Sunday, September 5, 2010

When The Mind Plays Tricks

Doubt Is Bound to Arise During Meditation Practice, and It is Up to Us to Catch It.

Lately, I have been practicing mindfulness of the body with a renewed intensity:
"Furthermore, when going forward & returning, he makes himself fully alert; when looking toward & looking away... when bending & extending his limbs... when carrying his outer cloak, his upper robe & his bowl... when eating, drinking, chewing, & savoring... when urinating & defecating... when walking, standing, sitting, falling asleep, waking up, talking, & remaining silent, he makes himself fully alert. And as he remains thus heedful, ardent, & resolute, any memories & resolves related to the household life are abandoned, and with their abandoning his mind gathers & settles inwardly, grows unified & centered. This is how a monk develops mindfulness immersed in the body."
~ Kayagatta - Sati Sutta; Thanissaro Bikkhu translation
And, I have noticed something arising in the process.

Thinking mind does not like that I am placing so much attention on 'simple' matters. What is the big deal with noticing each step? Left foot, right foot . . . What is the big deal with noticing each stroke during swim practice? Left arm, right arm . . . What is the big deal with noticing each sip of tea? . . . and each bite taken?  . . . What is the big deal? 

Thinking mind has a strong opinion about this, I noticed.  If  I was not careful, thinking mind would take me down another path, where thoughts about past, present and future rule. 

In the heart, doubt tries to creep in. 

The benefit of right view coupled with mindfulness, soon becomes clear, when wise mind intervenes, countering doubt with faith, and pernicious thoughts with other thoughts, planted before:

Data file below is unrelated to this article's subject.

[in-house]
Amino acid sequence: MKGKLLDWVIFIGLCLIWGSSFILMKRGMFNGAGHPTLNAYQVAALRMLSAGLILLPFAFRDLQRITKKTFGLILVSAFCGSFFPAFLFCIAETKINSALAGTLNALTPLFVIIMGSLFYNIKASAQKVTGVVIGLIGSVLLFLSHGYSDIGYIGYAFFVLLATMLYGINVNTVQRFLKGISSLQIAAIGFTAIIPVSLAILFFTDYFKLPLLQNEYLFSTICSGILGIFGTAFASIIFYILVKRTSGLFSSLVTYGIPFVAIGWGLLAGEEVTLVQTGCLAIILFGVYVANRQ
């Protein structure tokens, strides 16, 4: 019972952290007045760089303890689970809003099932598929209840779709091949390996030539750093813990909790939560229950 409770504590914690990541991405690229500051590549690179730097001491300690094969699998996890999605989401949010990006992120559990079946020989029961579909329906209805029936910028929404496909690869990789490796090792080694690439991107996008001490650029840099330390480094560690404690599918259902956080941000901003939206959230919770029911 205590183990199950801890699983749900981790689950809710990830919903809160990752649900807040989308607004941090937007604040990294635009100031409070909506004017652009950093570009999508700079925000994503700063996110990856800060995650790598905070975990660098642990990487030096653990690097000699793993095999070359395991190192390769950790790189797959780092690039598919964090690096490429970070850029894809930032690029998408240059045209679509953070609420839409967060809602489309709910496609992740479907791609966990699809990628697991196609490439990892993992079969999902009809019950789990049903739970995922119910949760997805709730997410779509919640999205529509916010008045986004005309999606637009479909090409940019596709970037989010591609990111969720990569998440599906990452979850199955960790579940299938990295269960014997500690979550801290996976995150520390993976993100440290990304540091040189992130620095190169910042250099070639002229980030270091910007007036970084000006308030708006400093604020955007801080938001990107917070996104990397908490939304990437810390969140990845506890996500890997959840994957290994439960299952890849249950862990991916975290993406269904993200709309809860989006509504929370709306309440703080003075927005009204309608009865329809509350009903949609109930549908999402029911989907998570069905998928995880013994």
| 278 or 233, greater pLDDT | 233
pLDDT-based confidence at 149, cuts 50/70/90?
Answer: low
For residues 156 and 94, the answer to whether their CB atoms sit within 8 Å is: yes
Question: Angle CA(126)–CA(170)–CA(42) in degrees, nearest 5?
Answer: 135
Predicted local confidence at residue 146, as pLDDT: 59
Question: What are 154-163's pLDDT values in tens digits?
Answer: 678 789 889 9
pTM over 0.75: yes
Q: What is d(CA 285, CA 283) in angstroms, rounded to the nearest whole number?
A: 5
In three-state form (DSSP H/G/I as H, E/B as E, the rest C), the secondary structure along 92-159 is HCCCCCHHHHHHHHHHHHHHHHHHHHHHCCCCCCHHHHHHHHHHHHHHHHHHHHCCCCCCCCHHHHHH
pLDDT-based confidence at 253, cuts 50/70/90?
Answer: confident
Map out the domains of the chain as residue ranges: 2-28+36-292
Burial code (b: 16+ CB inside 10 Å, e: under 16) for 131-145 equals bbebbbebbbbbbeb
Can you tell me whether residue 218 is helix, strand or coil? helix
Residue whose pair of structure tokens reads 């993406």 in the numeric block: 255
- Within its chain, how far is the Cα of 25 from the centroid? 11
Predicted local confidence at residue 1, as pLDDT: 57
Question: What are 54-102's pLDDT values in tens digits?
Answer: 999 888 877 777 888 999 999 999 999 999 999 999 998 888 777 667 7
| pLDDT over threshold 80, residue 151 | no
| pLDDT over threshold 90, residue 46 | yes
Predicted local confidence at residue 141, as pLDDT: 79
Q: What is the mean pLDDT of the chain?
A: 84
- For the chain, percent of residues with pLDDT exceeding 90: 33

Sustained application counteracts skeptical doubt. When we can stay with the subject of meditation and do not become distracted, we gain confidence through the experience that, first of all, it is possible; secondly, that we are able to do it; and thirdly, that the results that accrue are exactly as the Buddha said. Until then, doubt arises again and again in the most insidious ways. Skeptical doubt is the enemy of faith and confidence, and therefore of practice; the mind can provide all sorts of ideas, doubts and excuses - "There must be an easier way," or "I'll try something different," or "I'll find a better teacher or a better monastery," or "There must be something that will really grip me." The mind is a magician: it can produce a rabbit out of any hat.
Skeptical doubt shows itself when we cannot fully immerse ourselves in our present situation.  Skeptical doubt keeps us back, because we are afraid to lose control of self-importance. When we have a little personal experience of the results of the Buddha's teachings, our doubts are counteracted, yet not completely eliminated. At least we no longer feel unsure about practicing meditation. We have experienced results and we have also realized that it makes no difference where we practice, as long as we are steadfast. That, too, is important, because we can search for a perfect place, time, situation, or teacher until the end of our lives and never find any of these because skeptical doubt always intervenes.